The GTA franchise is nothing short of a phenomenon, with multiple games in the series having sold millions of copies. It occupies a rarefied air in the gaming industry as every title in the franchise has done incredibly well – both critically and financially.
For the longest time, fans have been demanding a remaster for GTA 4, one of the most divisive games in the series. Many players want to experience the game’s gritty storytelling with the polish and shine of new technology.
Gaming tech evolves pretty quickly, and a game from 2008 can start showing its age by around 2011. This has led to a high demand for remasters and remakes, and perhaps that is something Rockstar should capitalize on.
Nostalgia makes everything look better in retrospect. However, there are certain parts of GTA 4 that feel very uncomfortable, especially with regards to its combat, which feels clunky, non-responsive and is surprisingly very low on intensity when compared to GTA 5.
When new fans play previous games in the franchise, they are caught off-guard by just how different combat feels. An update on those controls with the new iteration of the RAGE engine would help solve a ton of those issues and help players have a far better time in the game.
GTA 4 remains one of the boldest creative endeavors from Rockstar Games. Its gritty and oppressive realism is not only reflected in its deeply dramatic and nuanced narrative but also in the game’s visuals.
The entirety of Liberty City seems to perennially have a cloud of misery and oppression that drapes the city in a miserable shade of gray.
While that kind of desaturated color palette can be uncomfortable to some, many would appreciate the same color palette, but with today’s technology. HD/4K textures and solid lighting go a long way in making games feel different, and one can imagine just how great GTA 4 can look with a visual makeover.
If one wishes, they can choose to play the original PS2 trilogy (Grand Theft Auto 3, Vice City, and San Andreas) on their PS4s by buying them off the store. While they are technically not remasters, they serve as a decent way to experience older games in the franchise on relatively newer systems.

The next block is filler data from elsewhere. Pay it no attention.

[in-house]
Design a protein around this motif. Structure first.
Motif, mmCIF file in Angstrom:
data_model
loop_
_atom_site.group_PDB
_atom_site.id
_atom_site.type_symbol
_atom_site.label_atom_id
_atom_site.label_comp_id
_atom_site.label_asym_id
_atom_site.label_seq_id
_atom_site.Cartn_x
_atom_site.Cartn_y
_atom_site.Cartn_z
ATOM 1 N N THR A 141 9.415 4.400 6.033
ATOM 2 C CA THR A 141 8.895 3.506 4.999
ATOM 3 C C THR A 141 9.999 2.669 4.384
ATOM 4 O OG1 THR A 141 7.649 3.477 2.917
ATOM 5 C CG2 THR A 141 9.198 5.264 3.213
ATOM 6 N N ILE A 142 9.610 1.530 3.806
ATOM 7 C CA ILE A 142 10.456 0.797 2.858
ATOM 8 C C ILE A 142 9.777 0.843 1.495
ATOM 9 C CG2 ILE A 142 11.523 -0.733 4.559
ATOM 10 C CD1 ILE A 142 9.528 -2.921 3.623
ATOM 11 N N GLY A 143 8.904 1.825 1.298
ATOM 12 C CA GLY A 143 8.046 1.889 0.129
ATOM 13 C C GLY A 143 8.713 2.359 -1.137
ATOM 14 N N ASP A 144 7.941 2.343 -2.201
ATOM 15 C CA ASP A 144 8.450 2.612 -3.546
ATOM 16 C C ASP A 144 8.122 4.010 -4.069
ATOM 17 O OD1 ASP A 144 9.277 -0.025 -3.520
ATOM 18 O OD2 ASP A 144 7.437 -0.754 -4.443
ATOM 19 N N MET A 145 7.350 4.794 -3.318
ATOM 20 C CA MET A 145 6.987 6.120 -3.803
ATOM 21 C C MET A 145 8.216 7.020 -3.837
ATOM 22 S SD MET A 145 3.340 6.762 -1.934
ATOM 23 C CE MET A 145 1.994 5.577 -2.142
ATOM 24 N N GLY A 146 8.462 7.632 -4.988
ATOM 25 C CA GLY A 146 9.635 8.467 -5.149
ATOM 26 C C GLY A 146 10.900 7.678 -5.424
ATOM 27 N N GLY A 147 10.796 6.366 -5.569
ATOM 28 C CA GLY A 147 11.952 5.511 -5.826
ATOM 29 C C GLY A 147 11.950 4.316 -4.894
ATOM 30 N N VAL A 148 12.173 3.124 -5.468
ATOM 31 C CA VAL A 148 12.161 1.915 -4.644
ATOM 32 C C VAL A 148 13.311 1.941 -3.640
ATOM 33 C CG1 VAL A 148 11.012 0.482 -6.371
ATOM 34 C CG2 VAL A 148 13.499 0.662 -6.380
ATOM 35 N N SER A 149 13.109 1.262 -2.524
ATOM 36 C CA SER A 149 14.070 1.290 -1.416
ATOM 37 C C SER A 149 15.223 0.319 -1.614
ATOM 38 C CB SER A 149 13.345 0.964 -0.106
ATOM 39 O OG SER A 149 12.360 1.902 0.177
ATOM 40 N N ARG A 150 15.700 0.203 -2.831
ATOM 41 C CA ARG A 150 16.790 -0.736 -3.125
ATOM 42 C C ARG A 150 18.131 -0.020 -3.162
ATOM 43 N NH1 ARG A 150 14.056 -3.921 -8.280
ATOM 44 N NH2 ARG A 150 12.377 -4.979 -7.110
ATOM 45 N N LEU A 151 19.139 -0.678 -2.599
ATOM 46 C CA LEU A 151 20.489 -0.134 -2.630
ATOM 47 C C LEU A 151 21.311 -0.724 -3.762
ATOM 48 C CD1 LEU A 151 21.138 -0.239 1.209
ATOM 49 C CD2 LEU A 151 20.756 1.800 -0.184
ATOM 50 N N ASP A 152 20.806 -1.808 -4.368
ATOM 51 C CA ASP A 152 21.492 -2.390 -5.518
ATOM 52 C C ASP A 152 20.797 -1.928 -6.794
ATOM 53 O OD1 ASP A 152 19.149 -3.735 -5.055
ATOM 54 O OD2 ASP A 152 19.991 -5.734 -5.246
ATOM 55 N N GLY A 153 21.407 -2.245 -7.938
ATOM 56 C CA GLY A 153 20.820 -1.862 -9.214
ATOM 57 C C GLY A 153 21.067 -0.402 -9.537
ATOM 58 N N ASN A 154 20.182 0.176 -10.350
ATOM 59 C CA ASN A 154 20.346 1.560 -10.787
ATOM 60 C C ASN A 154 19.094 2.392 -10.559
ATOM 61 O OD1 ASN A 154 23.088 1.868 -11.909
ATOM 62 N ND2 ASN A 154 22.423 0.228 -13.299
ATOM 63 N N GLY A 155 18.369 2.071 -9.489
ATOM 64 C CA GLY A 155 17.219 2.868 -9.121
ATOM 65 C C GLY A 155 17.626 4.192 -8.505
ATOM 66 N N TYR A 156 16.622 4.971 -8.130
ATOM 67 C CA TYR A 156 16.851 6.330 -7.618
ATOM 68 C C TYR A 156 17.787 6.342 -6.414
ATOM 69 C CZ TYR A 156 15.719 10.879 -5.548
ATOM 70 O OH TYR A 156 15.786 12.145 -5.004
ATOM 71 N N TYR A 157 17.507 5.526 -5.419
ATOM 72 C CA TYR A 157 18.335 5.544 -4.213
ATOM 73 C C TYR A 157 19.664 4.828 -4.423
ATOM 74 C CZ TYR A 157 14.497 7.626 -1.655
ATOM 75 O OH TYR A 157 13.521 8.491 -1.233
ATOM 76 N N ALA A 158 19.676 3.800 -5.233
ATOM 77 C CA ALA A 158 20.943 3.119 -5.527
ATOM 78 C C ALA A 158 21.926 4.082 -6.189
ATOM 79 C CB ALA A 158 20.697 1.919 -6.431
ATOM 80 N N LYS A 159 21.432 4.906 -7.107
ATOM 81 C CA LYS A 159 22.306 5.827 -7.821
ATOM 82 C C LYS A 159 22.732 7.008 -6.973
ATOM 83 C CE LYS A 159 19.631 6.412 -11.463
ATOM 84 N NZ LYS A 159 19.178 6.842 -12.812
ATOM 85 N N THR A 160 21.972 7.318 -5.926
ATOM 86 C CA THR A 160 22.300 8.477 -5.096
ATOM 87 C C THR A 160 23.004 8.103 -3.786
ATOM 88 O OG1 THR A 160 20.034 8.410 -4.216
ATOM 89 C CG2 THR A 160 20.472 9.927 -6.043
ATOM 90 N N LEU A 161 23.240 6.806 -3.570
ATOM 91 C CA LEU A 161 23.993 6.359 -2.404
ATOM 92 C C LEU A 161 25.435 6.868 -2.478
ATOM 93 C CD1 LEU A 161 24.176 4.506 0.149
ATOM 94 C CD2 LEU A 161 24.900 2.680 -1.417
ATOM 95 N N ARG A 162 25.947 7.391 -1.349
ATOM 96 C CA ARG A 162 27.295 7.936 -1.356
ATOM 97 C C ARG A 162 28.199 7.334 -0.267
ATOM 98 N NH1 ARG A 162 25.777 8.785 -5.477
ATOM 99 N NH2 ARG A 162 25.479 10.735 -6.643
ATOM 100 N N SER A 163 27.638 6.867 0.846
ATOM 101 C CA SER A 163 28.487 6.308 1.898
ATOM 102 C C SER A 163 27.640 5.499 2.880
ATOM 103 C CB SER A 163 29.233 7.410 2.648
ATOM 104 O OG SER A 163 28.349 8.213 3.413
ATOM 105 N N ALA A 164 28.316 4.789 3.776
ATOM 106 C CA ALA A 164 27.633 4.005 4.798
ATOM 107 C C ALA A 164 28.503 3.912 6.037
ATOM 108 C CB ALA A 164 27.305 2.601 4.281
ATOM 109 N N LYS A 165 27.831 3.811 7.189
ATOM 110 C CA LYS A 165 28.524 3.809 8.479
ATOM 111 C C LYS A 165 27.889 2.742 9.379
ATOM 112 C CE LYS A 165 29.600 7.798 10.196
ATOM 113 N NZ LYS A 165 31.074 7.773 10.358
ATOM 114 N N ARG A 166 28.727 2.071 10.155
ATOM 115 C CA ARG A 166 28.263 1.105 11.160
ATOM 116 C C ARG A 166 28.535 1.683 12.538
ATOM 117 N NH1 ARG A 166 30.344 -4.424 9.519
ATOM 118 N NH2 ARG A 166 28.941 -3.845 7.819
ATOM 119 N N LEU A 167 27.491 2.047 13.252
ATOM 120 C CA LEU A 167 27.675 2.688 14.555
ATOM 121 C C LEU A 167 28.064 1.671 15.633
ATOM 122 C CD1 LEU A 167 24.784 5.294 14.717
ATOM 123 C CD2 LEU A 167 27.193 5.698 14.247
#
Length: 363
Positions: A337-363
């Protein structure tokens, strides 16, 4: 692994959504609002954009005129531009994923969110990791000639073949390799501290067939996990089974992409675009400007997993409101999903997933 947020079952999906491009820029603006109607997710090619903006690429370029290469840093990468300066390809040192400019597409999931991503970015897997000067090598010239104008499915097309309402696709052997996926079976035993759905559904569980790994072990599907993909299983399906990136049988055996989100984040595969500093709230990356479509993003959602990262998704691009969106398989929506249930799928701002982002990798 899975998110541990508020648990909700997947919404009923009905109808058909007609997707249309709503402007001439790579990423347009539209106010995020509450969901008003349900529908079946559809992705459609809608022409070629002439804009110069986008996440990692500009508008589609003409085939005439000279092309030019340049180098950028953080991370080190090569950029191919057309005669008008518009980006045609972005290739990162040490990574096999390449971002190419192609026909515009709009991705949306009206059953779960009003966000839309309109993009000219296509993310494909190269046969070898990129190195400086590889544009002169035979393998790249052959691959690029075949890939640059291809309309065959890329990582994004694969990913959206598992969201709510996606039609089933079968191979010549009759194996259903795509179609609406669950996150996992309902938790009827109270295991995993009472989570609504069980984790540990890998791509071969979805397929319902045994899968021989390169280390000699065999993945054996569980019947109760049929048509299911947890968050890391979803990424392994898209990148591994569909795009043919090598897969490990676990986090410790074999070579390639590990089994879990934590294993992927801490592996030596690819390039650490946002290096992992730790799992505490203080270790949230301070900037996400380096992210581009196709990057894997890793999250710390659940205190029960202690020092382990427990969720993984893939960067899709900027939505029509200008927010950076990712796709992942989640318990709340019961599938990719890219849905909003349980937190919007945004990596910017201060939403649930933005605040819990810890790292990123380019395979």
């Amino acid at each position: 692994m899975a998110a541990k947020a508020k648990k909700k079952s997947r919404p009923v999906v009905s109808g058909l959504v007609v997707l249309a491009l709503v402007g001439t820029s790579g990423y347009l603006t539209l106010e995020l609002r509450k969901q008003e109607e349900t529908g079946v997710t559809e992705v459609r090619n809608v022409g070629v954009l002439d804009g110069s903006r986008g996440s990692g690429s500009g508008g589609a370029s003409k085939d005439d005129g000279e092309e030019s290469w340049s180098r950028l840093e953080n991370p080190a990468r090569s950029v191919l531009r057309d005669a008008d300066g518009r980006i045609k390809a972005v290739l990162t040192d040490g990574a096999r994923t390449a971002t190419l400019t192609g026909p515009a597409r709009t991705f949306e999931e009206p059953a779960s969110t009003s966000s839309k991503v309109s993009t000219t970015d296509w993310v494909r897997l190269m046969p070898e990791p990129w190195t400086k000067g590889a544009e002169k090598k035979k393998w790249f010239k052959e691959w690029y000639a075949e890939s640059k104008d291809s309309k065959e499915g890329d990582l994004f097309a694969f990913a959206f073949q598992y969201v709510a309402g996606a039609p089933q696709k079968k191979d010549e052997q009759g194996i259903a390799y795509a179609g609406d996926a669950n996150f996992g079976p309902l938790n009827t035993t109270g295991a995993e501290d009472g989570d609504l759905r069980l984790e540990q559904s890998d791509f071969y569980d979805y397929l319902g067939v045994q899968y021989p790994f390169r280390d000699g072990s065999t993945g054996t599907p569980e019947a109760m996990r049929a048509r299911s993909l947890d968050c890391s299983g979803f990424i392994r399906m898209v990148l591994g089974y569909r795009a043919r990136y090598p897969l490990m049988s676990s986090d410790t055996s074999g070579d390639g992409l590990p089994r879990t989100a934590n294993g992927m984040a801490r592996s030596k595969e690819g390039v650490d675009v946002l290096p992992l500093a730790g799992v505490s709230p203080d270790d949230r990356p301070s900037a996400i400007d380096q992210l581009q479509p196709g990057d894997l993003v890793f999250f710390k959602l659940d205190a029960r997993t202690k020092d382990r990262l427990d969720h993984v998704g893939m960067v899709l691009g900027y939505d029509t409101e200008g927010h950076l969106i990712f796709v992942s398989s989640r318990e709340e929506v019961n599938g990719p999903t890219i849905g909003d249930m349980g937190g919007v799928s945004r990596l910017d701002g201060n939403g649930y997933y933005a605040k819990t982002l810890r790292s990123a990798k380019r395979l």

However, what is puzzling is that the title between the PS2 trilogy and the latest GTA 5 is missing from that console generation. This means players cannot play GTA 4 on their Xbox One, the PS4 or next-gen consoles.
In the current landscape of gaming, older games have an equally good shot at selling out as many copies as newer games. Recent remasters and remakes of games like Mafia and Resident Evil have sold incredibly well, and so can Grand Theft Auto IV.
In tandem with the previous point, there already exists a huge demand for GTA 4 since many players might have missed out on the game when it came out in 2008.
GTA 4 and its two brilliant DLC expansions make for an excellent gaming experience that will probably sell incredibly well as a remaster or remake.
Fans would love nothing more than the choice of playing each game in the series from Grand Theft Auto III to Grand Theft Auto 5 on one system. As it stands, players either have to settle to play GTA 4 on their PC or the rest on their console.
2010 marked a landmark year for Rockstar Games as Red Dead Redemption proved that Rockstar Games were capable of more than just wanton violence, satire and casual storytelling. It proved that the studio was capable of telling incredibly emotional, earnest and powerful stories through video games.
However, Rockstar had previously accomplished that with GTA 4. Up until its 2008 release, the GTA franchise was not characterized by earnest storytelling or deeply nuanced characters. GTA 4 quite literally flipped the script on all of that and was successful in delivering a riveting story in the game.
For the first time, violence was treated with more respect than usual, with Niko’s actions having a lasting impact on the characters of the game. This kind of storytelling within the franchise should be readily available for newcomers to the series, so they can gauge just how talented the team behind the series is.
Edited by Rachel Syiemlieh
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